By Bob Rall, CFP®
More 401(k) retirement plans are starting to offer two ways to make your contributions. You can still make deposits into the plan in the traditional way, which means your money goes into the account before taxes are paid on the amount; or, you can elect a Roth option, which means your contribution is made with after-tax dollars. The option that is best for you—traditional contributions or Roth contributions—depends on your personal situation.
Traditional 401(k) Plan Contributions are Pre-Tax
The traditional way to contribute to a 401(k) plan is familiar to most people who have had an employer-sponsored retirement plan: You decide how much you would like to contribute, which is usually a percentage of your pay, and that amount is deducted from your paycheck before income taxes are withheld and put into your 401(k) account.
For example, if you make $75,000 per year and decide to contribute 10% of your pay, $7,500 goes into your account over the course of the year. Because these contributions are made with pre-tax dollars, your taxable income is reduced. In this example, your taxable income would be $67,500 ($75,000 minus $7,500).
Traditional contributions to a 401(k) result in a lower current tax bill. However, when you withdraw the funds, they are taxed as ordinary income.
Roth 401(k) Contributions
With a Roth 401(k), your contributions are treated the opposite way. If you make $75,000 per year and decide to contribute 10% of your pay to a Roth, your taxable income would be the full $75,000 you earned, but when you withdraw the funds at retirement, they are tax-free. In other words, with Roth contributions, your current tax bill is higher because you are paying tax on the entire amount of your income now, but you won't have to pay taxes on the income when you need it in retirement. (For related reading, see: Tax Tips on Roth and Regular 401(k)s.)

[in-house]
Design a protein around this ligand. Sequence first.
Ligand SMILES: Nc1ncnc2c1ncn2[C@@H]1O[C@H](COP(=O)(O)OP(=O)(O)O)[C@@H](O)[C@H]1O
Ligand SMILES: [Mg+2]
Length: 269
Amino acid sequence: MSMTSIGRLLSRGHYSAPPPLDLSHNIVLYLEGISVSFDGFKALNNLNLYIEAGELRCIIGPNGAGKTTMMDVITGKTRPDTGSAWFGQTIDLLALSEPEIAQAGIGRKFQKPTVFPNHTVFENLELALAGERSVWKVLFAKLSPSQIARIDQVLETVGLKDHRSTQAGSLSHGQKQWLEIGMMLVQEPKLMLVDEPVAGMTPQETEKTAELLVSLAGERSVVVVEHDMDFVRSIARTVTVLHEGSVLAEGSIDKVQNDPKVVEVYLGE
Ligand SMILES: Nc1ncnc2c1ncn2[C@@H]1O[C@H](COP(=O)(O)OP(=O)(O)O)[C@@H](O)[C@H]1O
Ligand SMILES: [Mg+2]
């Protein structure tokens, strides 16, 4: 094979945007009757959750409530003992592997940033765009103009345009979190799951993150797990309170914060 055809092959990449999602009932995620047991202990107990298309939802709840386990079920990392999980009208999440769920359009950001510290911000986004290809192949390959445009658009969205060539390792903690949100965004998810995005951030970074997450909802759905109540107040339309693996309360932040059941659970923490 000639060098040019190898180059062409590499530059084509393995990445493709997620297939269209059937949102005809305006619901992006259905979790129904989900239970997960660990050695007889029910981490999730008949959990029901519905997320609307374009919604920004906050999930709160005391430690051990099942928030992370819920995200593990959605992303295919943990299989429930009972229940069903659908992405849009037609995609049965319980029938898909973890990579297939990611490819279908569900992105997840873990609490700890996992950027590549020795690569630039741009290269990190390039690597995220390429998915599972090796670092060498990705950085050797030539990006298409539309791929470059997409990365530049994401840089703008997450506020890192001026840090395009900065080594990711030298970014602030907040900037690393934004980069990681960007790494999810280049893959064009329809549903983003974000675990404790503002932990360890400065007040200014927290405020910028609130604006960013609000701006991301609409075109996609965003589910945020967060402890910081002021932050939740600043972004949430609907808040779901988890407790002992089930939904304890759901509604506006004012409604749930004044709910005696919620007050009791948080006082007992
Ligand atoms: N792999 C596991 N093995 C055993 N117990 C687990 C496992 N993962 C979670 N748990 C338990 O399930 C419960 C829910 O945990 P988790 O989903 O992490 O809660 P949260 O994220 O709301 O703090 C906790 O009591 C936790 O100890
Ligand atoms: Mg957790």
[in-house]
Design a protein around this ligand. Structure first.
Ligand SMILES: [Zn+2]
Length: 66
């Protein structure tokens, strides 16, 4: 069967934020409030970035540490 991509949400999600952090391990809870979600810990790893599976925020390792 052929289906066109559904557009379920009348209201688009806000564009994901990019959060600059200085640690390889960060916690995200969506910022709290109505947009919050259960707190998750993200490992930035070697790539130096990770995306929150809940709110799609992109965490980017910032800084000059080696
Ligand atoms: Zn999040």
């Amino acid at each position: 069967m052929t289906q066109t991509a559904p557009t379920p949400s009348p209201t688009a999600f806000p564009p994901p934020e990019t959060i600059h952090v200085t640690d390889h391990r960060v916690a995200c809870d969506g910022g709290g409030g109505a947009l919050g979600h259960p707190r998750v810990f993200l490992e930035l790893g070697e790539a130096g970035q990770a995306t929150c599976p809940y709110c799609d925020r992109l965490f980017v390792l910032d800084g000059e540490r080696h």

Why These Contributions Are Becoming More Popular
There are two reason Roth contributions to 401(k) accounts have been growing in popularity recently. First, the Tax Cuts and Jobs Act (TCJA), which was passed in 2017, resulted in most people being in a lower tax bracket. That means traditional, or pre-tax, contributions are less attractive because people will already be paying less income tax on their current income.
Shortly after the new tax law went into effect, Congress passed a $1.3 trillion spending bill, which has resulted in an ongoing increase in the national debt. That debt will eventually have to be paid, which many experts speculate will result in a large debt burden on future generations. If this is the case and your income tax rate increases in the future instead of decreasing, which is normally what happens, the tax-free dollars in your retirement account from your Roth contributions will be worth even more.
Which Type Is Right for You?
It's a balancing act when determining what kind of contributions you should make to your retirement plan. There are a couple of things to consider:
- Should you take advantage of lowering your current taxable income by making contributions to your 401(k) account using the traditional option?
- Or do you pay a more in taxes now, then expect to have tax-free income in retirement using the Roth option? (For more from this author, see: How to Replace Your Paycheck When You Retire.)
If you are just getting started in your employer’s plan, the traditional pre-tax option is a good choice. However, If you’ve been contributing to a 401(k) plan for a while, you might consider redirecting at least a portion of your contributions to the Roth option, even though you may find it hard to give up the current tax break.
Use a Tax Calculator to Help You Decide
If you're not sure which option is best for you, take the information from your 2017 tax return and run it through a calculator like the 2018 Tax Reform Calculator offered by the Tax Foundation, an independent tax policy nonprofit. If the analysis shows you will have a lower tax bill for 2018, it might be a good idea for you to reduce traditional contributions to your 401(k) account, but only to the level that will keep your tax bill the same in 2018, and use the remainder to make a Roth contribution.
Over time, increasing your Roth contributions will result in more tax-free income in retirement, which can help offset the taxes you will be paying on your traditional contributions that are helping you save on your income taxes today.
(For more from this author, see: Maximize After-Tax Returns With Asset Location.)
This article was originally published on Investopedia.